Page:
A Journey Thru Time...
German Shepherd Database Project

Quick Search By Name:

    Pedigree of

    Mazzga'a Tina

    December 3, 1957
    AKC W959821
    Breeder: Henry A Von Stemm

    Notes: COI 7.91%

    Bodo von Eichenfels
    May 18, 1954
    AKC W520854
    Black, Cream

    Buz Bomb
    May 25, 1948
    AKC W332923
    Black, Silver

    Ch (US) 
    Jan of Ireton

    October 19, 1946
    AKC W21418
    Black, Tan

    Bess of Saxonia
    December 31, 1946
    AKC W52840
    Black, Silver

    Gernda's Ereuka
    June 28, 1952
    AKC W347779
    Black, Tan

    Ch (US/Can) 
    Ralf von Hoheluft (W103066)

    June 13, 1947
    AKC W103066
    Black, Grey

    Gernda's Gale
    May 9, 1950
    AKC W204067
    Black, Tan

    Tina of Dyberry
    June 26, 1953
    AKC W478564
    Tan, Silver, Black

    Rex of Dyberry
    October 3, 1950
    AKC W353922
    Black, Silver, Tan

    Ur-Seta's Chief of Marlo
    May 20, 1948
    AKC W115934
    Black, Tan

    Sherri von Princess Peggie Lou
    March 24, 1948
    AKC W79751
    Black, Grey

    Brunhilde von Richland
    July 4, 1950
    AKC W297538
    Black, Silver

    Bruce of Saxonia
    December 31, 1946
    AKC W54526
    Grey, Tan

    Lore von Richland
    April 1, 1947
    AKC W101472
    Black, Silver

    Legend for German Shepherd Gene Study
      White Carrier
      Black Carrier

    The German Shepherd Gene Study tracks the recessive "masking" white and recessive black genes forward through the generations.

    Genes come in different varieties, called alleles. Somatic cells contain two alleles for every gene, with one allele provided by each parent. Often, it is impossible to determine which two alleles of a gene are present within an dog's chromosomes based solely on the outward appearance of that dog. However, an allele that is hidden, or not expressed by, can still be passed on to that dog's offspring and expressed in a later generation.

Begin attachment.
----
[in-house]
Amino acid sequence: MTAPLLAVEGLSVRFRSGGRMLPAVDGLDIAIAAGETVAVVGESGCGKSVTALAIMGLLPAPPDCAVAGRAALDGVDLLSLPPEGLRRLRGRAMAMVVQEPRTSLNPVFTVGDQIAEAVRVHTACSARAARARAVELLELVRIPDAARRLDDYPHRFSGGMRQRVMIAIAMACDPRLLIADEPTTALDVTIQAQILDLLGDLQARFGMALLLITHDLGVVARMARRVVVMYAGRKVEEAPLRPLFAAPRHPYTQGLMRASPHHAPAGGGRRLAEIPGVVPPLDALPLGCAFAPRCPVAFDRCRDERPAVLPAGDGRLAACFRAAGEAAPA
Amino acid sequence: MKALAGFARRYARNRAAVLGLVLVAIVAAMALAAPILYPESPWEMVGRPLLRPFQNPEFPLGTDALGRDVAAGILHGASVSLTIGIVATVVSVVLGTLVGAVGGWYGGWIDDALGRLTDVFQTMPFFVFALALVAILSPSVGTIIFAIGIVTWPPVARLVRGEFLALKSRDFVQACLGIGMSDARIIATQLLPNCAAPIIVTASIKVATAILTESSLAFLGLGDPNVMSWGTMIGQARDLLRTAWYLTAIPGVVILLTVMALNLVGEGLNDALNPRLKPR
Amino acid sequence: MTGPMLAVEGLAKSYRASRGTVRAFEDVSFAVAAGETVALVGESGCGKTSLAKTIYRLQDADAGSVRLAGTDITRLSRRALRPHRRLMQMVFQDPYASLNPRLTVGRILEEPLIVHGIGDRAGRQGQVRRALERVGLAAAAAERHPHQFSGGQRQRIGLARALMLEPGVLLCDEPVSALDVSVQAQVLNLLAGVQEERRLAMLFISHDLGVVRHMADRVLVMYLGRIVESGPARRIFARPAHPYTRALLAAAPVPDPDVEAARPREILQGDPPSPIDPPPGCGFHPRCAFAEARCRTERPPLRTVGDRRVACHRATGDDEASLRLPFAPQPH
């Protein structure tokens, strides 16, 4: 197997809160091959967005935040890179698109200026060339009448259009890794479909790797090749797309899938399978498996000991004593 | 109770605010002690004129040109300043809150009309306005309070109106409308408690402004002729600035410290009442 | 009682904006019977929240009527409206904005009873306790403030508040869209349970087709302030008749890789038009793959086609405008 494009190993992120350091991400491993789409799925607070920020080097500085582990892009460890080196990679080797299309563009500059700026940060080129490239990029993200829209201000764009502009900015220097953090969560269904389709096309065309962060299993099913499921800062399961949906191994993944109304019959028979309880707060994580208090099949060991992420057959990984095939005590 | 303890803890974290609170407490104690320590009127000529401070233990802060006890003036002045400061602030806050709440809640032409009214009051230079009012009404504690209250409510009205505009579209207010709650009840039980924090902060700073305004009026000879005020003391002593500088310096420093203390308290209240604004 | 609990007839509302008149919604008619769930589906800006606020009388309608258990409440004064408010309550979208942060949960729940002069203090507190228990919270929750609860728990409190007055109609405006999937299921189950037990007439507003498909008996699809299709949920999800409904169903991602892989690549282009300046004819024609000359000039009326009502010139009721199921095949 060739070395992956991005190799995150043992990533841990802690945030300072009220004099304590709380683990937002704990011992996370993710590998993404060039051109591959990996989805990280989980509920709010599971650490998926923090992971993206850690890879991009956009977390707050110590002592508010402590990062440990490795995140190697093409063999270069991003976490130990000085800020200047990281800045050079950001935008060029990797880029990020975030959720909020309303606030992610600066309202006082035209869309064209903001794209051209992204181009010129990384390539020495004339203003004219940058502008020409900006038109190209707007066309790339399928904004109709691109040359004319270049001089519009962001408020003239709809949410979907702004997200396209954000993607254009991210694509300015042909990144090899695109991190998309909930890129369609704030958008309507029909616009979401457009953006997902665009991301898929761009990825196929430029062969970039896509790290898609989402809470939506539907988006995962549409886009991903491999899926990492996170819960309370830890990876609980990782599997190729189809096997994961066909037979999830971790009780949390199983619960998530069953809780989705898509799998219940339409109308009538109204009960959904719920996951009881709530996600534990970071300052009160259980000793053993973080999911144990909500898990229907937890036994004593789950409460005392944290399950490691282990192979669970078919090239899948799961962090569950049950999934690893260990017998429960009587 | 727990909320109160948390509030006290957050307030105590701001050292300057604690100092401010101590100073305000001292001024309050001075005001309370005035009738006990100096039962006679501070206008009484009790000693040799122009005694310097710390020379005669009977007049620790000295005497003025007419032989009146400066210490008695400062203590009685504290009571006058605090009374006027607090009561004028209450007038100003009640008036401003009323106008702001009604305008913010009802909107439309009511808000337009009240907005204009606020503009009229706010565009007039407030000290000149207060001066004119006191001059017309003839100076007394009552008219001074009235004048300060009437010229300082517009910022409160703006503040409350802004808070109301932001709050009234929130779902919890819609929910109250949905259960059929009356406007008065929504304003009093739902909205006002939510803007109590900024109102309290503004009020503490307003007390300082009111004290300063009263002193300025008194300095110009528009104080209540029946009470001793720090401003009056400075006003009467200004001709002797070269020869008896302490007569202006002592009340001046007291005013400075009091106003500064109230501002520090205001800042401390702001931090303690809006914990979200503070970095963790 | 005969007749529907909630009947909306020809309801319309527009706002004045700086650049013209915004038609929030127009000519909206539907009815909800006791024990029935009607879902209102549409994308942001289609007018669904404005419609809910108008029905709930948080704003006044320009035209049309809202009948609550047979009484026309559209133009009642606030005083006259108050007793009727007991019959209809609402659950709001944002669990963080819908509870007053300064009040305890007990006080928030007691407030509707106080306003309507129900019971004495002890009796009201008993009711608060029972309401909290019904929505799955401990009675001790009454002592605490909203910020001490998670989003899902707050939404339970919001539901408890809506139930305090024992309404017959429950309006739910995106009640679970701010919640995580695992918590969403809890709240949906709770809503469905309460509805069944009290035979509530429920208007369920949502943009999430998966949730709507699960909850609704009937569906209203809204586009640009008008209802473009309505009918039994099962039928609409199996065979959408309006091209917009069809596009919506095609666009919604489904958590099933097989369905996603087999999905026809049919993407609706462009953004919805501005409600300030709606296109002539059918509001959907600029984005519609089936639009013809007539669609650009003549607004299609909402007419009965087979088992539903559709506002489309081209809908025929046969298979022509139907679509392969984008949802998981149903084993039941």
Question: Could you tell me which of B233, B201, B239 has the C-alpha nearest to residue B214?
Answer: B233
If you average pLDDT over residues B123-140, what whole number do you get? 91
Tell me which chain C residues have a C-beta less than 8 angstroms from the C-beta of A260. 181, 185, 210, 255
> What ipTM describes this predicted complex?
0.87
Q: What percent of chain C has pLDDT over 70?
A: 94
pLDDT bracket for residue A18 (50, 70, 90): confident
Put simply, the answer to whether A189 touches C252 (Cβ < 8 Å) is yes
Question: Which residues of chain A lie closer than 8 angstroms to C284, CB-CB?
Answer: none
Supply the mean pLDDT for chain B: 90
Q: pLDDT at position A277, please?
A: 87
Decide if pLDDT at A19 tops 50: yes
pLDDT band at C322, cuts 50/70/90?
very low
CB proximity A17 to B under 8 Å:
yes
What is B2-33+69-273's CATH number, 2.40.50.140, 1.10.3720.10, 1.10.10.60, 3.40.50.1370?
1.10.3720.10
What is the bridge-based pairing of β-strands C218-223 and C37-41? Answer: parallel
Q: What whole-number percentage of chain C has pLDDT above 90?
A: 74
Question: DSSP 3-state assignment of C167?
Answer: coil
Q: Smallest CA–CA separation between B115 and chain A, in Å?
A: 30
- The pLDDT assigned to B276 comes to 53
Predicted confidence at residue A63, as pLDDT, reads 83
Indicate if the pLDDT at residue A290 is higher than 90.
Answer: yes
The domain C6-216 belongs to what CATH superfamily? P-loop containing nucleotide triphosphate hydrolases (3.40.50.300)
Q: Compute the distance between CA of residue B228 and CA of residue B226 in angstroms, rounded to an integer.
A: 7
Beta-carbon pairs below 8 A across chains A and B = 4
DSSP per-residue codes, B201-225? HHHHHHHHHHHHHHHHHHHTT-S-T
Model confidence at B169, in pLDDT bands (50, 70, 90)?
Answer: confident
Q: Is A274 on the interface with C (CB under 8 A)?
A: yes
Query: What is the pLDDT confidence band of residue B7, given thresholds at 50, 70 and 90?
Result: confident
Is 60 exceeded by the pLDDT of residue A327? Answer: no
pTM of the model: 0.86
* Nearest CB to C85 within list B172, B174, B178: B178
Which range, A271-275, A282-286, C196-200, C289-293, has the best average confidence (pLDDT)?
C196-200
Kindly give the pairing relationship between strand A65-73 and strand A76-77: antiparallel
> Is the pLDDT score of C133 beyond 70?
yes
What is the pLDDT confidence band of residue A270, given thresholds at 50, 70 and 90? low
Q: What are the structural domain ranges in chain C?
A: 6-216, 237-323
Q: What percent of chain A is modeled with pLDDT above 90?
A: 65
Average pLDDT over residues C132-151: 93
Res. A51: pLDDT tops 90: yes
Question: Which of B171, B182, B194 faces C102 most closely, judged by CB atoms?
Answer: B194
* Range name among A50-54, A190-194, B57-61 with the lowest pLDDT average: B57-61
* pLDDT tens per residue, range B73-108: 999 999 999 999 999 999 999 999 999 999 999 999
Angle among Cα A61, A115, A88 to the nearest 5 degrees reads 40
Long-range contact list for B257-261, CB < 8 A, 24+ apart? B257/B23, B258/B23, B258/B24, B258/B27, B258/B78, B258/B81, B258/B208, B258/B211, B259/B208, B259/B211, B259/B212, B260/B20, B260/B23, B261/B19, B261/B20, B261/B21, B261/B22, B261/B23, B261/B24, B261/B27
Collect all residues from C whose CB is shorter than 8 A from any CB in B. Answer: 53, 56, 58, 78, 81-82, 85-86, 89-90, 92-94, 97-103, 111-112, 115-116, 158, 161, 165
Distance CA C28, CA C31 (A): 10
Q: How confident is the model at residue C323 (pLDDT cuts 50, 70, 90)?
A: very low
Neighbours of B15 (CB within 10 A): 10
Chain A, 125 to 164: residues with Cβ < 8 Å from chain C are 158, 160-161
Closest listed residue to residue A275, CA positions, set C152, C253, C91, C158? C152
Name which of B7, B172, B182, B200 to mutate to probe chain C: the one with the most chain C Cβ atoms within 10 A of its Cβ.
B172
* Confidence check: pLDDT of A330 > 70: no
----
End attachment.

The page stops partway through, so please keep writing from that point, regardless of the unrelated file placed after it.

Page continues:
German Shepherds can carry one or both of the recessive white "masking" and/or the recessive black gene.

    (A masking gene masks the real color and pattern of the dog. The only way the gene can be expressed in some of the offspring is if both parents carry it. For example, when a white dog is bred to a non-white dog that does not carry the white gene, none of the offspring will express the white coat but they will be carriers of the white gene. If those offspring are bred to a white, some of their offspring will express the white coat color. White bred to white will always produce white offspring.)

    German Shepherd artwork on this site created by AHEAD Graphics. Visit their site for more talented artwork and custom designs.

    The German Shepherd Dog Database Project makes no guarantees as to the accuracy of the data published at this site. We have made every effort to verify all entries, but the German Shepherd Dog Database Project is not a registry so all data included has been submitted by dog owners or taken from registry reports and AKC Stud Books. Please contact us to report any errors or omission.

    PedigreePoint Scripts Copyright 2004-2018 Wild Systems All Rights Reserved. Visit

    Use of web harvester robots or any other means of copying the contents of this page, in whole or in part, for any commercial purpose is expressly prohibited. Your IP address is: This online database hosted by The German Shepherd Dog Database Project. Copyright 2004 -2019